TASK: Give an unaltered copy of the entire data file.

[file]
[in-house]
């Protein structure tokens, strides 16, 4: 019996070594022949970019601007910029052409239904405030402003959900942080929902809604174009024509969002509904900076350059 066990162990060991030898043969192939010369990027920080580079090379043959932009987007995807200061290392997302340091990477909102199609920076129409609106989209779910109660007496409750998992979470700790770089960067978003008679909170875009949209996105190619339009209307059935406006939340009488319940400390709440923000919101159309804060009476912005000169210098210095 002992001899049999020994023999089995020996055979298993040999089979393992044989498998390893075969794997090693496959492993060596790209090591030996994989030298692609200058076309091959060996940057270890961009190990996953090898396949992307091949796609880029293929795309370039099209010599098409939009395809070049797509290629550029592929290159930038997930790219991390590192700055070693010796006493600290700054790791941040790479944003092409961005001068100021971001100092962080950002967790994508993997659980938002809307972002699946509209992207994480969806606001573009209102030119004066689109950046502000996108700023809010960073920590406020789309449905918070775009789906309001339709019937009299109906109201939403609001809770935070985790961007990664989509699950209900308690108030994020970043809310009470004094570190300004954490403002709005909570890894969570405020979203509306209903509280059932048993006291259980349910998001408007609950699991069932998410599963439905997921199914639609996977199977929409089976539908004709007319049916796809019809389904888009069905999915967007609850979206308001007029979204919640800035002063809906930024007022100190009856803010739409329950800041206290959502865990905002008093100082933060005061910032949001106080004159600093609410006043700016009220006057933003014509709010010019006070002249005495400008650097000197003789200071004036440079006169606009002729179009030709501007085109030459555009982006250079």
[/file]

[in-house]
């Protein structure tokens, strides 16, 4: 019996070594022949970019601007910029052409239904405030402003959900942080929902809604174009024509969002509904900076350059 066990162990060991030898043969192939010369990027920080580079090379043959932009987007995807200061290392997302340091990477909102199609920076129409609106989209779910109660007496409750998992979470700790770089960067978003008679909170875009949209996105190619339009209307059935406006939340009488319940400390709440923000919101159309804060009476912005000169210098210095 002992001899049999020994023999089995020996055979298993040999089979393992044989498998390893075969794997090693496959492993060596790209090591030996994989030298692609200058076309091959060996940057270890961009190990996953090898396949992307091949796609880029293929795309370039099209010599098409939009395809070049797509290629550029592929290159930038997930790219991390590192700055070693010796006493600290700054790791941040790479944003092409961005001068100021971001100092962080950002967790994508993997659980938002809307972002699946509209992207994480969806606001573009209102030119004066689109950046502000996108700023809010960073920590406020789309449905918070775009789906309001339709019937009299109906109201939403609001809770935070985790961007990664989509699950209900308690108030994020970043809310009470004094570190300004954490403002709005909570890894969570405020979203509306209903509280059932048993006291259980349910998001408007609950699991069932998410599963439905997921199914639609996977199977929409089976539908004709007319049916796809019809389904888009069905999915967007609850979206308001007029979204919640800035002063809906930024007022100190009856803010739409329950800041206290959502865990905002008093100082933060005061910032949001106080004159600093609410006043700016009220006057933003014509709010010019006070002249005495400008650097000197003789200071004036440079006169606009002729179009030709501007085109030459555009982006250079």